Politics from the Palouse to Puget Sound

Tuesday, April 01, 2008

Quote of the Year

There is no really good area outside of what’s on campus.
- WSU architecture professor Ayad Rahmani passsing judgment on Pullman, "Architecture students protest on Bishop Boulevard," The Daily Evergreen, April 1, 2008

Rahmani hopes his imperious and insulting comments will "generate some intelligent discussion."

Runner-Up:
Each building is completely independent from one another

5 comments:

April E. Coggins said...

This is a sort of "one-two punch" that WSU profs have been delivering to Pullman for as long I can remember. On the one side, we have the anti-progress profs. On the other side we have the "Pullman is ugly and should do better" profs. Unfortunately, Pullman developers don't have the benefit of the state legislators purse strings. When Pullman builds a McDonalds, it will be built to look and function like an effective McDonalds. Pullman can't afford to build a McDonalds that looks like an opera house. And even if we could, would that be a wise use of resources?

Tom Forbes said...

Actually, I think they are one and the same. Professors aren't anti-progress, they're just anti-anything that has not been planned by some government committee, on which, of course, they would play a prominent role. Of course, since we live in a free society where property owners and developers are free to do as they please within certain constraints, that never happens. Thus they appear to be against everything.

These liberal fascists believe in a reactionary policy of micromanaging every aspect of society.

Gregg said...

I actually think the professor has a very good point. Pullman has incredible potential. Unfortunately, it also has had a lack of coherent standards/planning/architectural consistency. If there were a long-term plan (with leadership to communicate and implement), the city could be transformed into a very attractive place.

PS Just to be clear, I am a big supporter of allowing Wal-Mart to locate in Pullman...and I'm certainly right-of-center politically.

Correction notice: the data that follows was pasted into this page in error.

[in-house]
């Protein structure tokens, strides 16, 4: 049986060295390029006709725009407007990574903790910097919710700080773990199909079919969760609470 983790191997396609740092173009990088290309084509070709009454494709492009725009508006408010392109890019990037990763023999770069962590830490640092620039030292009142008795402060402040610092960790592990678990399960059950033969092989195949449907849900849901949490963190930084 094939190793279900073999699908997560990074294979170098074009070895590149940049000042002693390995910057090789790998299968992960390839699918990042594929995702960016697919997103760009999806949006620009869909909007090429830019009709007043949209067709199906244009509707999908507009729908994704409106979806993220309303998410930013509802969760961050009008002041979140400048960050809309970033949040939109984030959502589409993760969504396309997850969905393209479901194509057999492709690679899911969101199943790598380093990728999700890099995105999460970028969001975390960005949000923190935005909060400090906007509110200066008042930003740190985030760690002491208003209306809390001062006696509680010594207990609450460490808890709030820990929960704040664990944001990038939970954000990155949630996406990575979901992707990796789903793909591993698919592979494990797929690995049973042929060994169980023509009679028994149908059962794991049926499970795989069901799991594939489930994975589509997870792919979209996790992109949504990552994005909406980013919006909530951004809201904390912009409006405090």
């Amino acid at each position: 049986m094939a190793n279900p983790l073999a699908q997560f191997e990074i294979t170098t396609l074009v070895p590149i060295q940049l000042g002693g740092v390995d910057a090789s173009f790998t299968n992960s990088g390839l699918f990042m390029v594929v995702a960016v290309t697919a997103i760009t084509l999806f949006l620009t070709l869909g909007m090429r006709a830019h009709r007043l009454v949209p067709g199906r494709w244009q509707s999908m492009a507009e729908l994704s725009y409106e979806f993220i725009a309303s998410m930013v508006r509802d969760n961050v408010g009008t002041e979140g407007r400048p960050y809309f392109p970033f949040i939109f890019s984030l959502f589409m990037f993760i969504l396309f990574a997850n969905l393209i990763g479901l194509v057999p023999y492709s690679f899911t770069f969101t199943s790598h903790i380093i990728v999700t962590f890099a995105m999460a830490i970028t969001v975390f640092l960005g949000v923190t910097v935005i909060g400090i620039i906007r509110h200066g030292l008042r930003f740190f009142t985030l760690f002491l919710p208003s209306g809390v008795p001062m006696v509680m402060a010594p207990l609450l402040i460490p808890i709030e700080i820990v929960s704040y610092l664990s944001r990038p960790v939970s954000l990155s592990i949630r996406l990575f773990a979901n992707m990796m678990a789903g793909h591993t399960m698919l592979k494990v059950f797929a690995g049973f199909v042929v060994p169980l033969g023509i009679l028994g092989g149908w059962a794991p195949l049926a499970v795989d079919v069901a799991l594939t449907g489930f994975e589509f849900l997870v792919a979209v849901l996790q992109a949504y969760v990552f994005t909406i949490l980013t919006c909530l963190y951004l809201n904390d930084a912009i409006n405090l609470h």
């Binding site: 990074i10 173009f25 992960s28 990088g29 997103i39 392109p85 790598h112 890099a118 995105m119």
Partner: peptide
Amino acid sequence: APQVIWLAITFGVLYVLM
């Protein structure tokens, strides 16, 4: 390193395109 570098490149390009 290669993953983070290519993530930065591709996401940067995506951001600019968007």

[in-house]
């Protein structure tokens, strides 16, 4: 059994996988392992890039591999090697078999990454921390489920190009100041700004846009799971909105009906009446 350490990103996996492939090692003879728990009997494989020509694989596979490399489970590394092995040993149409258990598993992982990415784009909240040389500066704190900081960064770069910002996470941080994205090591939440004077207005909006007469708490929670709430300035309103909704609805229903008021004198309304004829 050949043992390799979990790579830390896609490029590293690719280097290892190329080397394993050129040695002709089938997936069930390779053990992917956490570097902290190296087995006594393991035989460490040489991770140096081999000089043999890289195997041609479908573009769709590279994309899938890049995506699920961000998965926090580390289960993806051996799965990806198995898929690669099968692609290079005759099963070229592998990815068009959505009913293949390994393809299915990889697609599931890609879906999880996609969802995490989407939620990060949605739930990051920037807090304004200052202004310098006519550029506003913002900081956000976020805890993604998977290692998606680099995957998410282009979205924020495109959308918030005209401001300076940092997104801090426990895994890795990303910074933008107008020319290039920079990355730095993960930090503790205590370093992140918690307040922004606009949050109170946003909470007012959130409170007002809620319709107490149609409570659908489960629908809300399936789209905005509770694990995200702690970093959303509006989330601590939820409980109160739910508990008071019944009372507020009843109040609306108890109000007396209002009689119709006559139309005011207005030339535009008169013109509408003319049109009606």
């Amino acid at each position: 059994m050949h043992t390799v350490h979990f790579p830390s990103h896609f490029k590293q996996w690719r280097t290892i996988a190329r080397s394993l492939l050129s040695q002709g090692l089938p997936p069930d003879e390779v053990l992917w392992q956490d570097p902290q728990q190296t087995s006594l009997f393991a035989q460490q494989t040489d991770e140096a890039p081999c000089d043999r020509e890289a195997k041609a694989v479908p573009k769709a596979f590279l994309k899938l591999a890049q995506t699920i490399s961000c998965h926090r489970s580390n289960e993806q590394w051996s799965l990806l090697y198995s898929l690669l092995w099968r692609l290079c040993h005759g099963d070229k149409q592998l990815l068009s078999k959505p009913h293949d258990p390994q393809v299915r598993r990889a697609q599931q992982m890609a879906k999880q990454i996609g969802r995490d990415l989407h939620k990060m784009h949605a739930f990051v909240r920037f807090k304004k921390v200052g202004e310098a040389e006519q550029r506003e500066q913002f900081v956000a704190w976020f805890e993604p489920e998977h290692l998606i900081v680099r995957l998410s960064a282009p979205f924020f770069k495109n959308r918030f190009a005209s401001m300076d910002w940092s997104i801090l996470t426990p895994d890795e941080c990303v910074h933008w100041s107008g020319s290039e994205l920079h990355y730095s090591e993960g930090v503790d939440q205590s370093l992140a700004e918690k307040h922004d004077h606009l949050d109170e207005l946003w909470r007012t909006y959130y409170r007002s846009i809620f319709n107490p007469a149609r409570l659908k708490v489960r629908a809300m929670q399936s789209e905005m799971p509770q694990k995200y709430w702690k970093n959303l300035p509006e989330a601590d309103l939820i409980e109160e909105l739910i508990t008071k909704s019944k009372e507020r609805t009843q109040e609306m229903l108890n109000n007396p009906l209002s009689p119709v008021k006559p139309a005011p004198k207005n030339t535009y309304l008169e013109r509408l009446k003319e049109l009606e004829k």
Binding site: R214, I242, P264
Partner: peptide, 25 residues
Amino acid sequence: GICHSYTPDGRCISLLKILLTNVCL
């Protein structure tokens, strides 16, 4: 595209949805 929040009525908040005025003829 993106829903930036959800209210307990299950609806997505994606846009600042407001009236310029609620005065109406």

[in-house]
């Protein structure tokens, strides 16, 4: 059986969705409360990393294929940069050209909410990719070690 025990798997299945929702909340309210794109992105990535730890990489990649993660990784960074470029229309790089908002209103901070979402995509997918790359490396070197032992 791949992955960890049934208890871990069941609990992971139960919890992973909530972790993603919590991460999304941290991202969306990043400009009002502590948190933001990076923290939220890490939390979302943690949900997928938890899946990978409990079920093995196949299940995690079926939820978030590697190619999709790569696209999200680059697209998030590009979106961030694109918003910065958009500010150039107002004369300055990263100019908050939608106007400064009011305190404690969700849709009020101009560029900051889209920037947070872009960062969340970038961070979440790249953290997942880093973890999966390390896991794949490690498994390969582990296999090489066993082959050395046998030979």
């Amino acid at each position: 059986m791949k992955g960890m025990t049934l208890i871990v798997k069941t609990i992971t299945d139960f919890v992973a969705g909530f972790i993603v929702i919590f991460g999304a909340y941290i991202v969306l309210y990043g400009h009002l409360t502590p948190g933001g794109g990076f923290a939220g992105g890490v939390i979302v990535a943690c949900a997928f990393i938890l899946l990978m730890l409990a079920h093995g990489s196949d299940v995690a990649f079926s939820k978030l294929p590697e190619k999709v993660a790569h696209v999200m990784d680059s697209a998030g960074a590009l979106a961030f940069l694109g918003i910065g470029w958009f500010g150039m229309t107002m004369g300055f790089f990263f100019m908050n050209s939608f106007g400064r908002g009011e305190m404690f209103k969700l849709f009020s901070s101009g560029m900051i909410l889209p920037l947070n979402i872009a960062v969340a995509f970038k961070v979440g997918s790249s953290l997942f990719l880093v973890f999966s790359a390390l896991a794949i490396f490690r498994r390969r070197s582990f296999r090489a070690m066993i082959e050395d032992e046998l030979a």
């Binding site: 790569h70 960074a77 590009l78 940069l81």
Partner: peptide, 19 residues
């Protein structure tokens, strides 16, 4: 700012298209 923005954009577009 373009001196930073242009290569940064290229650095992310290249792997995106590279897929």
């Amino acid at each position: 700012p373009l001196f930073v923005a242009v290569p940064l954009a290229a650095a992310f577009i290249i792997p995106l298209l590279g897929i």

Tom Forbes said...

My exception to Rahmani's comments are his arrogant and condescending tone and his desire for government to get involved in the aesthetics process. As the architect commented on Dnews.com, what is pleasing to your eye may not be pleasing to mine. Take the Big Blue Heart at WSU for example. Art to some, garbage to others.

Look, I've been all over the U.S. and a fair amount of the world. Pullman is not a tourist destination like Sedona or Jackson Hole. 99% of U.S. cities and towns are not either. I'm not saying we couldn't stand some improvements (knocking down old buildings, more trees, removal of rusty scrap metal, etc. - all it takes is money) But like people, Pullman today represents the summary of its experience:

Agricultural Center: Functional and utilitarian wood, brick, cinderblock and metal buildings, often added on to in various decades as the town grew and as farming booms and busts occurred.

Higher Education Center: College towns, like military towns, have a large number of transient and impoverished young people. This means lots of apartments, cheap duplexes, fast food joints, check cashing outlets, dollar stores, watering holes, etc.

High Tech Manufacturing Center: The average of a worker at SEL is around 35. That means lots of young families. And that means a high demand for the despised "cookie cutter homes" that have sprouted up over the last decade in Pullman. And there still aren't enough (60% of SEL's workforce lives outside Pullman and when the road to Lewiston gets shut down, so does manufacturing at SEL to a certain extent.) That also means, as we are starting to see, big box stores and shopping malls.

Perfect? No. But what town is? I love Pullman anyway, warts and all.

April E. Coggins said...

Gregg, the past planning of Pullman has been mostly negative knee-jerk reactions to someone actually wanting to create something. The few that chose to endure the process were severely hampered by favoritist and politically correct over regulation. Pullman's planning, or lack there of, is a direct reflection of the NIMBYist attitude that has permeated Pullman for far too long.